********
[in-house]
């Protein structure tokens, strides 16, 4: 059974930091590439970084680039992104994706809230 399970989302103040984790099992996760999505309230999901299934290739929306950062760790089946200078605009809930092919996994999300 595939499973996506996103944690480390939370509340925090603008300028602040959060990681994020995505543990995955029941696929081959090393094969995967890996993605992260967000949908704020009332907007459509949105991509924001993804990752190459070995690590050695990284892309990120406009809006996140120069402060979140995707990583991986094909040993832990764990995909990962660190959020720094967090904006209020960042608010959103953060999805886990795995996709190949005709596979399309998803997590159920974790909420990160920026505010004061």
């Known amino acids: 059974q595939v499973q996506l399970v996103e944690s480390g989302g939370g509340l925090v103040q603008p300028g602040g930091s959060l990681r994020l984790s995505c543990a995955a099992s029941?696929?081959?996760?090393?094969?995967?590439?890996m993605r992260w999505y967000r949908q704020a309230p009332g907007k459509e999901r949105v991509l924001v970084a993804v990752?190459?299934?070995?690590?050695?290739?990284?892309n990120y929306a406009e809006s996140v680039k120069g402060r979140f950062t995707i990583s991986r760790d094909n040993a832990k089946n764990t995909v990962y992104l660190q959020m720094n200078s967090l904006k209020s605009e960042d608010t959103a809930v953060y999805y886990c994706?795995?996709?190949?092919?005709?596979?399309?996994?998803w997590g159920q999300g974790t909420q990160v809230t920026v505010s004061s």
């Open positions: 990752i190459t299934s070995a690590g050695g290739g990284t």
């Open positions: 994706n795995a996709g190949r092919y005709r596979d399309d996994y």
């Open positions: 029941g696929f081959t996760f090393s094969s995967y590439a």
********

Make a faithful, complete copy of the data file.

[in-house]
């Protein structure tokens, strides 16, 4: 059974930091590439970084680039992104994706809230 399970989302103040984790099992996760999505309230999901299934290739929306950062760790089946200078605009809930092919996994999300 595939499973996506996103944690480390939370509340925090603008300028602040959060990681994020995505543990995955029941696929081959090393094969995967890996993605992260967000949908704020009332907007459509949105991509924001993804990752190459070995690590050695990284892309990120406009809006996140120069402060979140995707990583991986094909040993832990764990995909990962660190959020720094967090904006209020960042608010959103953060999805886990795995996709190949005709596979399309998803997590159920974790909420990160920026505010004061």
């Known amino acids: 059974q595939v499973q996506l399970v996103e944690s480390g989302g939370g509340l925090v103040q603008p300028g602040g930091s959060l990681r994020l984790s995505c543990a995955a099992s029941?696929?081959?996760?090393?094969?995967?590439?890996m993605r992260w999505y967000r949908q704020a309230p009332g907007k459509e999901r949105v991509l924001v970084a993804v990752?190459?299934?070995?690590?050695?290739?990284?892309n990120y929306a406009e809006s996140v680039k120069g402060r979140f950062t995707i990583s991986r760790d094909n040993a832990k089946n764990t995909v990962y992104l660190q959020m720094n200078s967090l904006k209020s605009e960042d608010t959103a809930v953060y999805y886990c994706?795995?996709?190949?092919?005709?596979?399309?996994?998803w997590g159920q999300g974790t909420q990160v809230t920026v505010s004061s």
């Open positions: 990752i190459t299934s070995a690590g050695g290739g990284t």
């Open positions: 994706n795995a996709g190949r092919y005709r596979d399309d996994y």
């Open positions: 029941g696929f081959t996760f090393s094969s995967y590439a």